W.H. Newson Holding Ltd and Others v Imi Plc and Another (First and Second Defendants/Part 20 Claimants/Respondents) Delta Ltd (Formerly Delta Plc) and Another (Part 20 Defendants/Appellants)

JurisdictionEngland & Wales
JudgeSir Colin Rimer,Lord Justice Hamblen,Lord Justice Gross
Judgment Date27 July 2016
Neutral Citation[2016] EWCA Civ 773
Docket NumberCase No: A3/2015/2167
CourtCourt of Appeal (Civil Division)
Date27 July 2016
W.H. Newson Holding Limited and Others
(1) Imi Plc
(2) Imi Kynoch Limited
First and Second Defendants/Part 20 Claimants/Respondents
(1) Delta Limited (Formerly Delta Plc)
(2) Delta Engineering Holdings Limited
Part 20 Defendants/Appellants

[2016] EWCA Civ 773


Lord Justice Gross

Lord Justice Hamblen


Sir Colin Rimer

Case No: A3/2015/2167




Mrs Justice Rose

[2015] EWHC 1676 (Ch)

Royal Courts of Justice

Strand, London, WC2A 2LL

Helen Davies QC and Charlotte Thomas (instructed by Addleshaw Goddard LLP) for the Part 20 Defendants/Appellants

Paul Harris QC and Rob Williams (instructed by Pinsent Masons LLP) for the Part 20 Claimants/Respondents

Hearing date: 22 June 2016

Approved Judgment

Sir Colin Rimer

This appeal is against paragraph 1 of an order dated 18 June 2015 made by Rose J in the Chancery Division by which she answered a preliminary issue turning on the interpretation of section 1(4) of the Civil Liability (Contribution) Act 1978 ('the 1978 Act'). Her answer was that the effect of the subsection was to bar Delta Limited and Delta Engineering Holdings Limited (together 'Delta'), defendants to a Part 20 claim by IMI PLC and IMI Kynoch Limited (together 'IMI'), defendants in the main proceedings, from advancing a defence to the Part 20 claim based on limitation.


Rose J said in [29] of her judgment, [2015] EWHC 1676 (Ch), that she had found the point a very difficult one and it is with her permission that Delta appeals. I express my gratitude for the helpful arguments we have had from Ms Davies QC and Ms Thomas for Delta and from Mr Harris QC and Mr Williams for IMI.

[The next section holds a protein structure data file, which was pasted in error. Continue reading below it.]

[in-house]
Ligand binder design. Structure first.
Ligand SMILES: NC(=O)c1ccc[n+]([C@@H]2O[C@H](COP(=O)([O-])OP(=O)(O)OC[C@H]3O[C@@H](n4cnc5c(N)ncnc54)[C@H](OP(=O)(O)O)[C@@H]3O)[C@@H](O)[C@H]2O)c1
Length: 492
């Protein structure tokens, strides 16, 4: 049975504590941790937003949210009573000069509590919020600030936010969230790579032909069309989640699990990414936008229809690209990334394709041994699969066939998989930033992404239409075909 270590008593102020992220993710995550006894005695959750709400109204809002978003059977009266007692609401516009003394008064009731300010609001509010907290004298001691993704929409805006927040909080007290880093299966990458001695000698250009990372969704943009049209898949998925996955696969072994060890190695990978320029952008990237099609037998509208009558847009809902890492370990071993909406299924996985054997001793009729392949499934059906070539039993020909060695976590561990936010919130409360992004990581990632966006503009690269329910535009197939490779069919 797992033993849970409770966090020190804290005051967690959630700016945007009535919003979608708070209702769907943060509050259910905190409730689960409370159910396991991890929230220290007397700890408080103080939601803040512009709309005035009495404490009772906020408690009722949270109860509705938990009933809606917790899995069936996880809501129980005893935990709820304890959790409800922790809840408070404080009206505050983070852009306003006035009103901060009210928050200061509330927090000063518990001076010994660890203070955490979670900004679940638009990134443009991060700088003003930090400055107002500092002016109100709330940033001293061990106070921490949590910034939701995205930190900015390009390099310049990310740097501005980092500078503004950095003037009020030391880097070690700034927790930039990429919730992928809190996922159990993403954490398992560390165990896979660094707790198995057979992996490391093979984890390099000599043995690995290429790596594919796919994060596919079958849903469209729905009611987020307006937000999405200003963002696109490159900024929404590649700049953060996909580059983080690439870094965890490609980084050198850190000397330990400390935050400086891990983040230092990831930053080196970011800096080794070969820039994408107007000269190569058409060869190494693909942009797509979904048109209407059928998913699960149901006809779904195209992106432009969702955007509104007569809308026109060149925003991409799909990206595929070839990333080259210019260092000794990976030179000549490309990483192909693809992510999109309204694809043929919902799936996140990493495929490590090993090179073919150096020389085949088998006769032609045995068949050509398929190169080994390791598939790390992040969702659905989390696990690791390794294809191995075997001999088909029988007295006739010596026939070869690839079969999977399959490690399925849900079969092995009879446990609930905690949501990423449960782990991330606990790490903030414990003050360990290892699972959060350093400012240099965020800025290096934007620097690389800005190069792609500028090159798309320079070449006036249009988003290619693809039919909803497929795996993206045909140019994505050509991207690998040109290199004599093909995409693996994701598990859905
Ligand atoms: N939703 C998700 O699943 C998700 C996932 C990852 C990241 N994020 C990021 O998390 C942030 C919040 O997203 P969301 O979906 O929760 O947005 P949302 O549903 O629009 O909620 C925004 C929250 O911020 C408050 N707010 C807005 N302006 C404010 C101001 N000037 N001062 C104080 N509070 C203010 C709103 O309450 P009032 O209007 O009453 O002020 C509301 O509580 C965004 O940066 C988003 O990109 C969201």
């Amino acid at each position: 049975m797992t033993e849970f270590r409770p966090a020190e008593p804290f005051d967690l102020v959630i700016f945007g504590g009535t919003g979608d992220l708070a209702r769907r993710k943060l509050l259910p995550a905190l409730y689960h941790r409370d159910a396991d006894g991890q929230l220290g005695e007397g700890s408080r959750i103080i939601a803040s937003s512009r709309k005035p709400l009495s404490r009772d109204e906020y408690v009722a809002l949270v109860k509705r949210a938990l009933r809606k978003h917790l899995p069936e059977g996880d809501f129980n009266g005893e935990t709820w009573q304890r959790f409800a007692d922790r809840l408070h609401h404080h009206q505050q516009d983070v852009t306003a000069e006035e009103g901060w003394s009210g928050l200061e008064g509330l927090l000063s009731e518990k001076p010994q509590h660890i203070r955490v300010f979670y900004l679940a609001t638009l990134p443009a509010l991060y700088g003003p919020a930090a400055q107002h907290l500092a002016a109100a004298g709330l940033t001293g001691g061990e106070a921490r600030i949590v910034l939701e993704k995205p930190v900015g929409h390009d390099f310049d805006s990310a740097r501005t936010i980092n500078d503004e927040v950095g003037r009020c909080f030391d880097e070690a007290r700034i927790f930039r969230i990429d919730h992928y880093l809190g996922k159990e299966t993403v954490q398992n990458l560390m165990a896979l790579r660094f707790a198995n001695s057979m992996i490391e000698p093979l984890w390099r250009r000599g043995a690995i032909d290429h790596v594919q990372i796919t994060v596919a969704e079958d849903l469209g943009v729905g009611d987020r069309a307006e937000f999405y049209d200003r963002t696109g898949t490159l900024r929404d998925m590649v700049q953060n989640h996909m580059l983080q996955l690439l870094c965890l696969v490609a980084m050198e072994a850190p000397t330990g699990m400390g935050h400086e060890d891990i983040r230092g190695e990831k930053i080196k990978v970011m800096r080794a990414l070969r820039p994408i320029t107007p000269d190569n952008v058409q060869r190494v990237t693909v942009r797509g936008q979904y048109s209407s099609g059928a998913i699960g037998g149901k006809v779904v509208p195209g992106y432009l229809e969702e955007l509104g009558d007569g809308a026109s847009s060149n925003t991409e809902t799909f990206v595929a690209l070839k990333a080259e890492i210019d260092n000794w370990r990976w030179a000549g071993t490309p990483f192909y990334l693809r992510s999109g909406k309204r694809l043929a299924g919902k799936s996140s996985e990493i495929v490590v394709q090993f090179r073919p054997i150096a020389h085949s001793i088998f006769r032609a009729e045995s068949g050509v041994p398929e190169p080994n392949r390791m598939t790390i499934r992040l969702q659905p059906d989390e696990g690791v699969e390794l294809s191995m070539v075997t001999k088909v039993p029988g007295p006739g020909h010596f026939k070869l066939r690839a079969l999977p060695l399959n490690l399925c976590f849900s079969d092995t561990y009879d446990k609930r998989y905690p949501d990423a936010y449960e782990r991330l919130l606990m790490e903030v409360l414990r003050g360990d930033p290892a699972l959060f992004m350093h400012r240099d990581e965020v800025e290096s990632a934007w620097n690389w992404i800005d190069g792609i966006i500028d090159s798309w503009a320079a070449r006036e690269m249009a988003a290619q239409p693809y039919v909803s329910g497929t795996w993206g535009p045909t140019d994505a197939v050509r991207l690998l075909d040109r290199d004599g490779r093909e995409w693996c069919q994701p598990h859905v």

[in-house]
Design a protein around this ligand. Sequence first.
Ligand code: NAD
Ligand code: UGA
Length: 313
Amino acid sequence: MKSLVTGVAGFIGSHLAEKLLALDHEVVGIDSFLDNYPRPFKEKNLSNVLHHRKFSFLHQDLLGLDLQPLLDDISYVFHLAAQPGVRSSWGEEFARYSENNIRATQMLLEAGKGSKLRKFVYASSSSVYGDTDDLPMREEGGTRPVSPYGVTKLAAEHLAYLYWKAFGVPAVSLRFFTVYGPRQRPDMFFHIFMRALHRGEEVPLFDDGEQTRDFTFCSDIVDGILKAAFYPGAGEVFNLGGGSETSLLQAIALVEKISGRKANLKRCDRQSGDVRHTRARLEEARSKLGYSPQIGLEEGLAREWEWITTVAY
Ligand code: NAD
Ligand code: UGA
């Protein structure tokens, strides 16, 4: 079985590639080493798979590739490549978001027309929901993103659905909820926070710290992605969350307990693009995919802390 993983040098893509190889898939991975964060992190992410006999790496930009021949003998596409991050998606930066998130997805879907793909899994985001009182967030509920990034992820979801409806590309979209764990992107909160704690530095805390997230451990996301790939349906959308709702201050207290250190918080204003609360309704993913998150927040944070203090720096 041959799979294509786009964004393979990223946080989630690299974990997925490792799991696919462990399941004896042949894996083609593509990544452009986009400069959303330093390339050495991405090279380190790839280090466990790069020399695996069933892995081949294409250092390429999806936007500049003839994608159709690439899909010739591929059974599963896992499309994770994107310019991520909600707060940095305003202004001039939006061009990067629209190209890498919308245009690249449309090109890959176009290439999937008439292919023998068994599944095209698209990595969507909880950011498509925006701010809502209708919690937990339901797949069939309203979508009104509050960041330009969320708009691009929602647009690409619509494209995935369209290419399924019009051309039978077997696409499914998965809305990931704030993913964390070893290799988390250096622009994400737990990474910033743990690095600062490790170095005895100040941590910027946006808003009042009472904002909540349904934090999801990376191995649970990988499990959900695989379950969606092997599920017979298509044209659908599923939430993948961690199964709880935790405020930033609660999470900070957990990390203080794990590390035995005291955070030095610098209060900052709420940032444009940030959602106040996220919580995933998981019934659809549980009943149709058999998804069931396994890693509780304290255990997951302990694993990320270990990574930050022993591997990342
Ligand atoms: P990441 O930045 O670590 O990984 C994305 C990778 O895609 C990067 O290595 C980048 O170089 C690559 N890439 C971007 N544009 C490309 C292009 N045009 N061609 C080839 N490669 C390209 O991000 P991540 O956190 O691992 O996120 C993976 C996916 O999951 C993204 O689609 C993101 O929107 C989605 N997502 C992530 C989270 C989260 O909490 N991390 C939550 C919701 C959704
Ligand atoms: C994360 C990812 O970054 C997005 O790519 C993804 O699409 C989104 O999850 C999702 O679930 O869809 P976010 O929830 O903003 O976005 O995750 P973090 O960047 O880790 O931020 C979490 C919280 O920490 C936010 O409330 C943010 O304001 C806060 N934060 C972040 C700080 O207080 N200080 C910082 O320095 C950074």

On 20 September 2006, in Case COMP/ F-1/38.121 – Fittings, the European Commission found that IMI and Delta, amongst others, had participated in an unlawful price-fixing cartel in the market for copper and copper alloy fittings, which existed between 31 December 1988 and 1 April 2004. IMI was found to have participated from the start until 22 March 2001, and Delta from the start until 23 November 2001. The cartel was in breach of Article 101(1) of the TFEU. On 12 May 2012, W.H. Newson Holding Limited and 22 others brought follow-on damages claims against IMI and one other cartel participant, Legris Industries SA ('Legris'). I shall refer to the 23 claimants, which are all part of a group owned by Travis Perkins Plc, as 'Travis Perkins'. Their cause of action was breach of statutory duty, namely infringement of Article 101(1). On the basis that they had been active in the copper fittings market during the cartel period, Travis Perkins claimed they had suffered loss under various heads, including that the effect of the cartel was unlawfully to inflate prices so as to lead to overcharges as compared with the competitive price. The total amount claimed, with interest, exceeded £390 million.


IMI defended the claim on various grounds, including that it was barred by limitation. In paragraph 37 of its Defence of 14 February 2014, it asserted that 'in any event, the claim is time barred, the causes of action having accrued at the latest at the end of the pleaded Cartel Period, namely 1 April 2004' (the claim form had been issued over six years later). Travis Perkins pleaded a Reply on 12 March 2014, denying that the claim was time barred. In reliance on section 32(1)(b) of the Limitation Act 1980, they alleged in paragraph 17 that IMI had deliberately concealed facts relating to the cartel such that time did not start to run until the date on which they could with reasonable diligence have discovered the relevant facts. Paragraph 17 reads:

'Paragraph 37 is denied. IMI and the other Cartelists deliberately concealed the Cartel and the facts relating to it from (among others) the Claimants (see Recital 745 [of the Commission Decision]). The earliest date on which the Claimants could with reasonable diligence have discovered the concealment, and sufficient facts to plead a right of action, was the date on which the Summary Decision was published in the Official Journal of the European Union, namely 27 October 2007, alternatively the date of the European Commission press release announcing the Decision, namely 20 September 2006. Accordingly, pursuant to section 32 of the Limitation Act 1980, the period of limitation runs from that date and the claims were brought in time.'


In the meantime, IMI had served Part 20 claims dated 16 October 2012 on 23 Part 20 defendants, of which Delta are the 11 th and 12 th. All 23 were addressees of the Commission Decision and found to be participants in the cartel. The Part 20 claims were for a contribution or indemnity under section 1 of the 1978 Act. IMI pleaded in paragraph 9 that it denied Travis Perkins' claims against itself but the essence of its contribution claims was that, to the extent that it might be held liable to Travis Perkins, each of the Part 20 defendants was jointly and severally liable with it for the same damage.